Firstup in the”Some Day” omnibus is “Change of the Season”, from director Choi Jin-hyeok-I. It’s about Yeon-joo (played by Choi Soo-in), a late elementary school student who collects Pokemon stickers as a distraction from a lonely home life. Yeon-joo’s parents are split up, and Yeon-joodoesn’t like acknowledging this.She’s at an age of keen weakness.So instead, Yeon-joo wanders Ulsan in constant ennui.
Eagle-eyed readers may have noticed that Choi Soo-in was also the lead actress in “The World of Us”. “Change of the Seasons” is for all practical intents the same story, just without the disappointment. Which is actually a good thing. Because Yeon-joo’s expectations are so low, life by herself where normally there should be a family is surprisingly tolerable. That’s as close to a happy ending as you’re going to get but hey, it’s better than nothing.
Next is “Lola”, from director Jeon Seon-ho. Lola (played by Kim Young-seo) was a dancer in college who moved out to the country whenshe got married, in one of those dual farm / guest house arrangements that’s popular in areas with enough tourist presence to pull it off. An encounter with some such guests reminds Lola of her own past love for dancing, and that’s the story.
As with “Change of the Season”, “Lola” is not actually moving toward a climax although it does seem to be at first. Both stories are snapshots in the lives of the lead characters. There isn’t much major change,just exposition of a certain state of mind. Lola’s ennui, like Yeon-joo’s, is circumstantial. It too, will pass. And likewise, even if the ending makes it clear that Lola won’t be going after major life changes, it is quite comforting to see that the small subtle adjustments imminent in her life will take this experience into account.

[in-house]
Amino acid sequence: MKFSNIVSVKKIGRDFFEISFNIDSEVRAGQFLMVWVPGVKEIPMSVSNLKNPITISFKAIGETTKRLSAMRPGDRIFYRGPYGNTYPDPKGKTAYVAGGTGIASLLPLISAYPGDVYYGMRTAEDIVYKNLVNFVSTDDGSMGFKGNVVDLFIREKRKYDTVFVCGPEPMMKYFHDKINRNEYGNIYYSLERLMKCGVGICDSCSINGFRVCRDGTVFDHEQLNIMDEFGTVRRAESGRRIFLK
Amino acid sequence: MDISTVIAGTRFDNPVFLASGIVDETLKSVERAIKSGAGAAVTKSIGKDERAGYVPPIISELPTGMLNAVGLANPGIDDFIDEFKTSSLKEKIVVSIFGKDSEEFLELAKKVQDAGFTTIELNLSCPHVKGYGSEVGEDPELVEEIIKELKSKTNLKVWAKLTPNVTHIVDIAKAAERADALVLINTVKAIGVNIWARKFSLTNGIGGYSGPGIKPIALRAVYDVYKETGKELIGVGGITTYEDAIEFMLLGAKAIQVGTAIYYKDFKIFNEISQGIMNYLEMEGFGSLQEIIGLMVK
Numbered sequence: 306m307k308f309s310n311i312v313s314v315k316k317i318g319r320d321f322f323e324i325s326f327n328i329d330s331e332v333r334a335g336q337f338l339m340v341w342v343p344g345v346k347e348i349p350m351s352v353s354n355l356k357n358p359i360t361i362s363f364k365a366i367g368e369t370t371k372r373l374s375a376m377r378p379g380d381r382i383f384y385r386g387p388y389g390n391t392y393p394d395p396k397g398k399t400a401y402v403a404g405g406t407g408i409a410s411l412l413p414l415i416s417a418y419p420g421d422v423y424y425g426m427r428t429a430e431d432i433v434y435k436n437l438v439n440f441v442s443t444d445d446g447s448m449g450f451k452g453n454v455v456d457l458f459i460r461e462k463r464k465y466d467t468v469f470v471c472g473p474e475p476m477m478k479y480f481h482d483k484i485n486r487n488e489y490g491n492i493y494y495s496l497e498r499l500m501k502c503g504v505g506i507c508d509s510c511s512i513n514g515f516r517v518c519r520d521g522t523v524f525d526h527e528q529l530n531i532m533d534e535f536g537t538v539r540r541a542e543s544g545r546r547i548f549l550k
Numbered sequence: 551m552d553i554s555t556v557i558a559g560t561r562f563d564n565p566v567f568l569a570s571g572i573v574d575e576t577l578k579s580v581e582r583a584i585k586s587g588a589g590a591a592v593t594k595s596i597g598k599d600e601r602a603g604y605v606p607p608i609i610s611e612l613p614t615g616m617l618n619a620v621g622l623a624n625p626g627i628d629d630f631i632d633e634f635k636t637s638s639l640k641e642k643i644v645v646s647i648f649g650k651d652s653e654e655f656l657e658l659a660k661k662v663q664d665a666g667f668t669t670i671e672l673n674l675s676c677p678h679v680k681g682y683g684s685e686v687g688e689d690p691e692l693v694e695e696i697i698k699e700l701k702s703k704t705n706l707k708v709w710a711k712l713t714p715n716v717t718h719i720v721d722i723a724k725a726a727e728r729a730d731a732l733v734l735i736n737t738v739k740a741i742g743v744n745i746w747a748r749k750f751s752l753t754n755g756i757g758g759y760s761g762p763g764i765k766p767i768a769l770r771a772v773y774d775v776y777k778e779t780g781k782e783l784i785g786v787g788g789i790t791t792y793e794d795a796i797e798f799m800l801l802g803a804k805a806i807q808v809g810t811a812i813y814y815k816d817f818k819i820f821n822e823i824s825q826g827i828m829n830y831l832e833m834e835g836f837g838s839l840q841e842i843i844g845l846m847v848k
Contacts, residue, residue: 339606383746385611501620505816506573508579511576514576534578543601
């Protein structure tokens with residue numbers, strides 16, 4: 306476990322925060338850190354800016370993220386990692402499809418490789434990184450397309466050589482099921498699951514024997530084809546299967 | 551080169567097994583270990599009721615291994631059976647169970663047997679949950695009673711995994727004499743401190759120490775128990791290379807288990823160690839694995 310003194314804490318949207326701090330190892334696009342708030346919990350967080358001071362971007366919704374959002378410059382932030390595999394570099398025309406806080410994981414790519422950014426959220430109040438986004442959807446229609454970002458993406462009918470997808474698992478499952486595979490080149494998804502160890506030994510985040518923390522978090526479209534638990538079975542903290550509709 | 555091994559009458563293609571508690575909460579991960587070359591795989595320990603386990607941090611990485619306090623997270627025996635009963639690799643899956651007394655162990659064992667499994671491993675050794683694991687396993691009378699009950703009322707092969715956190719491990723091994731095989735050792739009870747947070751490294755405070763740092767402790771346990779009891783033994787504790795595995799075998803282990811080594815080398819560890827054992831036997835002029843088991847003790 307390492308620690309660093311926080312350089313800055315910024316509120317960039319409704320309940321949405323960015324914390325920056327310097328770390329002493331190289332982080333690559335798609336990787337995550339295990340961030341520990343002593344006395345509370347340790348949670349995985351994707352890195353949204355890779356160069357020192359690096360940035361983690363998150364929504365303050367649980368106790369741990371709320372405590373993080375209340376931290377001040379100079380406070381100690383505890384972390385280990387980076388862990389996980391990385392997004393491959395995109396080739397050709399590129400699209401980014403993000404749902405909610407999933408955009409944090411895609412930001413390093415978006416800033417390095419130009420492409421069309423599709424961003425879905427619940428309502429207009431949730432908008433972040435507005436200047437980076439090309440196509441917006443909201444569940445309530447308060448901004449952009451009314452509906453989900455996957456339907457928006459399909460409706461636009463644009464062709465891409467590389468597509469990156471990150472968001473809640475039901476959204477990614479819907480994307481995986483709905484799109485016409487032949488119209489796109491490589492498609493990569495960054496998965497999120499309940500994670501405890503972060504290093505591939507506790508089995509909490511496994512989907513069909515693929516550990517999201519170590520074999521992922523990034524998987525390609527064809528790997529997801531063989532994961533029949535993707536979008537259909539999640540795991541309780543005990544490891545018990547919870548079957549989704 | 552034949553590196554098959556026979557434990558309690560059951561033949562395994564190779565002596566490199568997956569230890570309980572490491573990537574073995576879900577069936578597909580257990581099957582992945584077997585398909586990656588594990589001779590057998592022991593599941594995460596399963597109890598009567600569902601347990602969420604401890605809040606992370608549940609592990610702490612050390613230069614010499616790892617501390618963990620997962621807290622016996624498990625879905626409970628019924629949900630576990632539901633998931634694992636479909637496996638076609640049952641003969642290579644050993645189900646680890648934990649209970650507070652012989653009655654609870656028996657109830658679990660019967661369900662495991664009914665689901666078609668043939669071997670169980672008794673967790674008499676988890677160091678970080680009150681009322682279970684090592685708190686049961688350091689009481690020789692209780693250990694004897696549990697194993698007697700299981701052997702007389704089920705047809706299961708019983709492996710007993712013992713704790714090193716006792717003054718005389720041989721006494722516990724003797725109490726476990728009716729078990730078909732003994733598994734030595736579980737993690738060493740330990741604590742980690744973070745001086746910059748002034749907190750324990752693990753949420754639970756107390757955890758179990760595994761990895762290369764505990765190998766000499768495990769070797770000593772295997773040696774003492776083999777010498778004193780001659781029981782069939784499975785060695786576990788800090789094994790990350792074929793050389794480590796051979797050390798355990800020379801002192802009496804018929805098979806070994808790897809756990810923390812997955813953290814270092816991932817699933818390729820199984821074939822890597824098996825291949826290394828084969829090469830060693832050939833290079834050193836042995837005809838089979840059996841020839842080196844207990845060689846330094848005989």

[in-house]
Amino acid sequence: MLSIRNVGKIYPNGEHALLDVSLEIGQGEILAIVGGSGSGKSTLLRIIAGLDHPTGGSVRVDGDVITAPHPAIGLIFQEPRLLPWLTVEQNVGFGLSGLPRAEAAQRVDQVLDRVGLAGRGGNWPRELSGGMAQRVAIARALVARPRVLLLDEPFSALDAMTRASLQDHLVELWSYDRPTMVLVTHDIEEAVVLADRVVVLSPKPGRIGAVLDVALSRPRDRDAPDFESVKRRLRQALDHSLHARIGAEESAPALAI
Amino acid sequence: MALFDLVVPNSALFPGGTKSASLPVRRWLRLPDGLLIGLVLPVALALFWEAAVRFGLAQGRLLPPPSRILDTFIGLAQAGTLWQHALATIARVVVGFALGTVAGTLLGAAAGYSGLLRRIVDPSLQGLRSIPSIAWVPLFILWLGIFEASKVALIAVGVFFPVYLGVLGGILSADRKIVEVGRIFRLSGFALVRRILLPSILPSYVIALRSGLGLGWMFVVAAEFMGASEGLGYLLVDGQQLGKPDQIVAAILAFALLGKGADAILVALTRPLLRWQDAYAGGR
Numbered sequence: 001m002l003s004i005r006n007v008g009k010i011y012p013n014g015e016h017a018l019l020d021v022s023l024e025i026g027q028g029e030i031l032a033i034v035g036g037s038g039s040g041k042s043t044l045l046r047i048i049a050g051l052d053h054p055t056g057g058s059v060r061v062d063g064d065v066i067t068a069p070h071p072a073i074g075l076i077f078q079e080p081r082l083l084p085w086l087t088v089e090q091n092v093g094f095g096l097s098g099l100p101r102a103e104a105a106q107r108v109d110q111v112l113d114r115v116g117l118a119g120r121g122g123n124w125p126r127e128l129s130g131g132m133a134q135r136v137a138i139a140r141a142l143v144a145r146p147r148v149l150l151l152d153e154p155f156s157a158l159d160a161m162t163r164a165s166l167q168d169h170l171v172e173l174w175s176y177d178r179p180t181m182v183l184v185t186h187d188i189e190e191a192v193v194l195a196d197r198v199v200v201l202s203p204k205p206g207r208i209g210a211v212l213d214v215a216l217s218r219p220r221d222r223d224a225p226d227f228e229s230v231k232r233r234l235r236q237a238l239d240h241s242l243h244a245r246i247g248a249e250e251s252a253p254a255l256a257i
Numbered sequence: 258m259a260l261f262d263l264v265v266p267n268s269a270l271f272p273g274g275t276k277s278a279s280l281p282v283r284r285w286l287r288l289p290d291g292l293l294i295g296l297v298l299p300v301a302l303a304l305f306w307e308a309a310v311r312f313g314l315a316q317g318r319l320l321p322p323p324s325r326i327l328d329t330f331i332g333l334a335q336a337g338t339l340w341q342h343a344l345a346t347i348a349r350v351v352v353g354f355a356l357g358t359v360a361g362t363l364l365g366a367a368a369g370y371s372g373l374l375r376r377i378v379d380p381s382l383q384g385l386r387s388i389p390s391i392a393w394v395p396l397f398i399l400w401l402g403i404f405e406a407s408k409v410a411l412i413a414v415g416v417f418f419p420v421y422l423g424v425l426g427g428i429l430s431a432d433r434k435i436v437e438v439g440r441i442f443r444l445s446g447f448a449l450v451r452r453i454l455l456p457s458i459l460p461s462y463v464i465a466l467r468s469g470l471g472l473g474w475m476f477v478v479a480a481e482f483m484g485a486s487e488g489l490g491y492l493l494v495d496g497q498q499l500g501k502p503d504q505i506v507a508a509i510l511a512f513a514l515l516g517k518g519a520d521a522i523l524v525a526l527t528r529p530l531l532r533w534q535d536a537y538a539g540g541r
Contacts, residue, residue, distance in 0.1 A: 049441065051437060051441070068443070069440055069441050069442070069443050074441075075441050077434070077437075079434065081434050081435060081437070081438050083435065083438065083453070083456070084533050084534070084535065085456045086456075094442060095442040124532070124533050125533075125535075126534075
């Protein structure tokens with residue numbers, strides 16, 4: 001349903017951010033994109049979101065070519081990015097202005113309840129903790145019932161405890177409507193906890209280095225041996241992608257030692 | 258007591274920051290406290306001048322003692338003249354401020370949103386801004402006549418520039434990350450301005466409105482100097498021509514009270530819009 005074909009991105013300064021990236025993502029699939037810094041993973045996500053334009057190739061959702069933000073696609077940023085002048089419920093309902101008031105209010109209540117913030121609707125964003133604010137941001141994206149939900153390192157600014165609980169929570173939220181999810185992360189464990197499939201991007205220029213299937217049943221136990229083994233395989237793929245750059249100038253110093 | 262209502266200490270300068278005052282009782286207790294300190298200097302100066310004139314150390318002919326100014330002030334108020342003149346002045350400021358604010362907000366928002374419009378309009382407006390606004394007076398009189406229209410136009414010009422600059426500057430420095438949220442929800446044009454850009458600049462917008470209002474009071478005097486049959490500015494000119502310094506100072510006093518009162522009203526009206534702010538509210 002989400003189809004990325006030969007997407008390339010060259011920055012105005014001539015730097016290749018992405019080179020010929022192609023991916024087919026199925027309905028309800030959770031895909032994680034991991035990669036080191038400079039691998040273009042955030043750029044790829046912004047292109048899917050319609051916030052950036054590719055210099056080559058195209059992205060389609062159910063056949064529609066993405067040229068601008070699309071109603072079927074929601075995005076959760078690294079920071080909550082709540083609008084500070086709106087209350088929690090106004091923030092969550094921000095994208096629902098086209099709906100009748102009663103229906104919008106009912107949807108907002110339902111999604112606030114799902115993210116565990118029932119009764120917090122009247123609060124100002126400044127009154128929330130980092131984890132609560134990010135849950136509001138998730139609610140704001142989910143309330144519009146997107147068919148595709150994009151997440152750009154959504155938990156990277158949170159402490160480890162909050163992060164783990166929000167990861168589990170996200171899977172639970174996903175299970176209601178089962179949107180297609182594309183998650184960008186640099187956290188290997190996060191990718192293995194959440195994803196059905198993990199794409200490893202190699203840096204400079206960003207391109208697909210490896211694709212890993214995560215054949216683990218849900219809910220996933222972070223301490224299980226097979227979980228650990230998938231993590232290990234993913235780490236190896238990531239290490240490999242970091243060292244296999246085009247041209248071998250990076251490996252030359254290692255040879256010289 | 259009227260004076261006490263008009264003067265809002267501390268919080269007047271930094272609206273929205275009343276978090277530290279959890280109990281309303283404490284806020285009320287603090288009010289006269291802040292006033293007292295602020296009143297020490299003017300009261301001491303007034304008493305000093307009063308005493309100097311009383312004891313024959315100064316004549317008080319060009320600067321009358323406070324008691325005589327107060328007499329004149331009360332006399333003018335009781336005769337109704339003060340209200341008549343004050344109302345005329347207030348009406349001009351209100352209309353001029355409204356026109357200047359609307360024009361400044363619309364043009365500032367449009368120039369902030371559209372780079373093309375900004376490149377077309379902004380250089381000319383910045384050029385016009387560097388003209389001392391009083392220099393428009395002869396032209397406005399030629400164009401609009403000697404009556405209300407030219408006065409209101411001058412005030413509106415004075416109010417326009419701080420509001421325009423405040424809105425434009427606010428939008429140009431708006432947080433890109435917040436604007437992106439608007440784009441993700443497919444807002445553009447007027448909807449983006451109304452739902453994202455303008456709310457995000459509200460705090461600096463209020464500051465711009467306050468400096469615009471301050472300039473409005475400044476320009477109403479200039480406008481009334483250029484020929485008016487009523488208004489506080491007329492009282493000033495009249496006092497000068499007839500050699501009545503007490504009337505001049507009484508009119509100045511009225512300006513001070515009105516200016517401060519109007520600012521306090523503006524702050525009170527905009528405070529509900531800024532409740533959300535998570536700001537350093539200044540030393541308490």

Lastly we have “Atone”, by director Jeong Ga-young. What exactly any of the characters in this story are atoning for is not clear, although the morose feeling of purgatory certainly implies that they must be atoning for something. Yeon-hee (played by Lee Ji-min-I) cleans up after sloppy customers at the karaoke bar. Then she goes home and cleans up after her sloppy dementia patient mother. And then there’sthe eviction notices. For Yeon-hee,there’s not much to look forward to except for more misery.
Unlike the first two stories in “Some Day”, “Atone” definitely has a climax. And in overall comparison, it’s definitely a case study in the difference between mild problems and rather serious ones. Yeon-hee needs a climax, she needs a resolution, becausethe poor woman needs something, anything. It’s not the answer she was looking for, and really, there probably wasno good answer but…well…that’s life, I guess.
That’s the main unifying prompt between the three short films. That, and how they’re all graduation projects from Cheongju University. While they’re all inherently sad, limited stories, there’s definite craftsmanship in all of them. It wouldn’t surprise meif in the future one or more of thesedirectorsis able to goon to a bigger project with a better chance of international distribution.
Review by William Schwartz
“Some Day” is directed by Choi Jin-hyeok-I, Jeon Seon-ho and Jeong Ga-young and features Choi Soo-in, Kim Young-seo and Lee Ji-min-I.
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